I was recently engaged in a role of an “extra”. The word itself pretty much sums up what it is.
There is nothing more or less. Although the dictionary meaning means more. Extras are non-speaking performers in a film, television show, stage, musical, and opera (Wiki).
In my recent role as an extra in a Hollywood film which I cannot discuss due to my commitment to the agency and the film itself – I had to do several scenes with my colleagues in a natural disaster movie. There were sixty of us. Forty men and twenty women of many ethnicities based here in Queensland. Each of us had a small role to play under an Assistant director, an Australian. He worked with an international Director. As extras we had different actions and some were accompanied by props. When all the parts were played, it was like magic. I enjoyed standing back and watch when I did not play my part. It was like watching a short preview.
The hours of work were very long and started at 5:30 am which meant you had to rise at least at 4 am. Initially I had an hour and a half drive so I rose at 3 am and took the drive. Although it was cold, we acted in our costumes as there were. Although given the frantic weather, the director tried to keep everyone out of the rain through out the day.
Most of the extras had already fitted our costumes days before and these clothing, some were our own, were chosen to fit into the place and the characters in the movie, the place where the natural disaster supposedly had hit. These were not the clothes of our current season.
To be an “extra” means you are not necessarily needed but you can be. It is an important role when you are in it but also an unimportant one. You know it is not important when you do not sit and eat under the same tent as the crew and also when you are trying to get your coffee and the supposedly ‘bosses’ (crew) look at you as if you don’t deserve to have coffee at all. One crew member mouthed to my friend (an extra) “I hope you are not getting 30 cups of coffee because I need to get an adult’s coffee”.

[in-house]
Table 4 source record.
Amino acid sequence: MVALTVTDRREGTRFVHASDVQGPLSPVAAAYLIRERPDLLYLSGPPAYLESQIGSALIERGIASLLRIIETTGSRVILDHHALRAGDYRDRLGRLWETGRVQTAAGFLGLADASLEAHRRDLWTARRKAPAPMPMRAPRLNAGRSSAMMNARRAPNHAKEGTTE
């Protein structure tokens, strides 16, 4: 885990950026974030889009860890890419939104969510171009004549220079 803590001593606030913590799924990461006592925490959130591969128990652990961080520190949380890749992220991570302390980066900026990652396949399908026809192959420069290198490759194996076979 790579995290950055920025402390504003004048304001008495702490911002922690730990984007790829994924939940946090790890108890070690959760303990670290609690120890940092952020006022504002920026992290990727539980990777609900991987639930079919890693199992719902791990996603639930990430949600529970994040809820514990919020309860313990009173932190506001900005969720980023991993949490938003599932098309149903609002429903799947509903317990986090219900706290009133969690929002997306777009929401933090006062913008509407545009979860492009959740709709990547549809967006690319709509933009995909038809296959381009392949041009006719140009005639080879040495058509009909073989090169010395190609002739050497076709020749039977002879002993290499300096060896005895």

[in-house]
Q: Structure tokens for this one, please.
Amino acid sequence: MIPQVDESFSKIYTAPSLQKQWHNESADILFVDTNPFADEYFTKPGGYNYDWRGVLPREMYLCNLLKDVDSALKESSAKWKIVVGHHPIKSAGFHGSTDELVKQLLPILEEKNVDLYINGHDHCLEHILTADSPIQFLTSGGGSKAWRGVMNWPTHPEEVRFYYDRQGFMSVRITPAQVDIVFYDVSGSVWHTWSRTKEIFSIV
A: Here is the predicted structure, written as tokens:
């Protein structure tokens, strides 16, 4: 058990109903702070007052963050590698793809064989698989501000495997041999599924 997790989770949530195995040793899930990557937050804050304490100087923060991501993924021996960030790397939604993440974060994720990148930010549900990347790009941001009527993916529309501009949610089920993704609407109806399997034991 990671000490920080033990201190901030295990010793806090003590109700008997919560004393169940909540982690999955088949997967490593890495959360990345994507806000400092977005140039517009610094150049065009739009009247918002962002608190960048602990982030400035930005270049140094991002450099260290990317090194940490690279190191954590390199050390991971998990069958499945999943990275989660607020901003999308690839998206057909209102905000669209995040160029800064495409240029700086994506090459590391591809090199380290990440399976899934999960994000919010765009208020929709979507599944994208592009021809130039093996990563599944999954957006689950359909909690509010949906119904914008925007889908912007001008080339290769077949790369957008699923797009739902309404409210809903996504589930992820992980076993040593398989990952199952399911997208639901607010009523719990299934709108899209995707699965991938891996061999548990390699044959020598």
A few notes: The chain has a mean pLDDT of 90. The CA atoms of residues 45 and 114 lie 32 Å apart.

We thought she meant we(extras) were not adults. Who knows..
The important part is when you are called in as an actor in “background” – your role is important. This can be anything. You could be carrying something and running. I was asked to run into the main character and then step around the person. With all the extras in a background scene, that part of a movie becomes quite vital to the film. It provides “meat” to the bone or it completes the whole creativity for a successful movie. I mean a star can be one in a movie but the star needs a place and many people and actions where that star rises out of the situation to recognition.
Extras are very useful in scenes like a stampede in a soccer grand final. A few extras cannot really provide that impact, you need a lot. Extras are needed in shopping centres, villages, schools etc.
We take “extras” for granted. Tell me: do you really watch an extra in a movie? You know that person that hovers around in the back somewhere in the movie scene. We do not even see extras in movies; our eyes are glued onto the main characters. Our minds are focused on what the main character does and we travel with him or her in the story to the end. We may get distracted if something happens with an extra that takes the focus away from the main character. Otherwise, extras are all a blur. Next time you watch a movie, see if you can pick out an extra and see the important role they are playing.